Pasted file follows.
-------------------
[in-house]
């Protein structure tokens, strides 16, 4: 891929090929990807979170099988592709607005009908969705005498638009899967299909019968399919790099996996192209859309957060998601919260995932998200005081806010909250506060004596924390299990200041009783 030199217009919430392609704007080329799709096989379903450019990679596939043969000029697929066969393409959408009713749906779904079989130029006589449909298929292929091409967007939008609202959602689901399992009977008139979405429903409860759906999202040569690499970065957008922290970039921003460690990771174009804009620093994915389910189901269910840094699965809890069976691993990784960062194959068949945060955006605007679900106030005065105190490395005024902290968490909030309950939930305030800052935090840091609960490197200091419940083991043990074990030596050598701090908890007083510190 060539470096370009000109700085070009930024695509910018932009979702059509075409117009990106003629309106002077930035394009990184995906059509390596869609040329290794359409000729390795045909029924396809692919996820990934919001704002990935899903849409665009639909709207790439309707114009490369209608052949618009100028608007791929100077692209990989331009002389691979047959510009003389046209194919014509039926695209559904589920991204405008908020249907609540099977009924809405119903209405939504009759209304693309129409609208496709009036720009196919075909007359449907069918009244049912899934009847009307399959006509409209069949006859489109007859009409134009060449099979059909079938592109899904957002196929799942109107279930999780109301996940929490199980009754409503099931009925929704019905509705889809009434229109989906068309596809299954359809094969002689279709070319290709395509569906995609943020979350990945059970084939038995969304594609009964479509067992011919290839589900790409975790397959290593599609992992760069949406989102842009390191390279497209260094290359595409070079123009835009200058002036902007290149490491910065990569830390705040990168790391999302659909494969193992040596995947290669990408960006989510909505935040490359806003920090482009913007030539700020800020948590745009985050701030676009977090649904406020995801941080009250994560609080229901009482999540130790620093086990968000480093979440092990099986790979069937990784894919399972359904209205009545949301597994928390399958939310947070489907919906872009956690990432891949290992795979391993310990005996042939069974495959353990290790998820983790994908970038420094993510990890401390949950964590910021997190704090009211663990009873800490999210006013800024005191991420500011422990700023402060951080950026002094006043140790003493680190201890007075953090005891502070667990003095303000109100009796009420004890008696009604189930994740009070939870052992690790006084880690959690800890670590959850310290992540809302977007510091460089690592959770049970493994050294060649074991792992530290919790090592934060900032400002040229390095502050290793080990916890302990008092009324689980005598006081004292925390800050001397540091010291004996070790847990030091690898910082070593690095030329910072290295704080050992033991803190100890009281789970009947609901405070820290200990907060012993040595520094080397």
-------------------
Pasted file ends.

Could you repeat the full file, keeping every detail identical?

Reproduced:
[in-house]
């Protein structure tokens, strides 16, 4: 891929090929990807979170099988592709607005009908969705005498638009899967299909019968399919790099996996192209859309957060998601919260995932998200005081806010909250506060004596924390299990200041009783 030199217009919430392609704007080329799709096989379903450019990679596939043969000029697929066969393409959408009713749906779904079989130029006589449909298929292929091409967007939008609202959602689901399992009977008139979405429903409860759906999202040569690499970065957008922290970039921003460690990771174009804009620093994915389910189901269910840094699965809890069976691993990784960062194959068949945060955006605007679900106030005065105190490395005024902290968490909030309950939930305030800052935090840091609960490197200091419940083991043990074990030596050598701090908890007083510190 060539470096370009000109700085070009930024695509910018932009979702059509075409117009990106003629309106002077930035394009990184995906059509390596869609040329290794359409000729390795045909029924396809692919996820990934919001704002990935899903849409665009639909709207790439309707114009490369209608052949618009100028608007791929100077692209990989331009002389691979047959510009003389046209194919014509039926695209559904589920991204405008908020249907609540099977009924809405119903209405939504009759209304693309129409609208496709009036720009196919075909007359449907069918009244049912899934009847009307399959006509409209069949006859489109007859009409134009060449099979059909079938592109899904957002196929799942109107279930999780109301996940929490199980009754409503099931009925929704019905509705889809009434229109989906068309596809299954359809094969002689279709070319290709395509569906995609943020979350990945059970084939038995969304594609009964479509067992011919290839589900790409975790397959290593599609992992760069949406989102842009390191390279497209260094290359595409070079123009835009200058002036902007290149490491910065990569830390705040990168790391999302659909494969193992040596995947290669990408960006989510909505935040490359806003920090482009913007030539700020800020948590745009985050701030676009977090649904406020995801941080009250994560609080229901009482999540130790620093086990968000480093979440092990099986790979069937990784894919399972359904209205009545949301597994928390399958939310947070489907919906872009956690990432891949290992795979391993310990005996042939069974495959353990290790998820983790994908970038420094993510990890401390949950964590910021997190704090009211663990009873800490999210006013800024005191991420500011422990700023402060951080950026002094006043140790003493680190201890007075953090005891502070667990003095303000109100009796009420004890008696009604189930994740009070939870052992690790006084880690959690800890670590959850310290992540809302977007510091460089690592959770049970493994050294060649074991792992530290919790090592934060900032400002040229390095502050290793080990916890302990008092009324689980005598006081004292925390800050001397540091010291004996070790847990030091690898910082070593690095030329910072290295704080050992033991803190100890009281789970009947609901405070820290200990907060012993040595520094080397």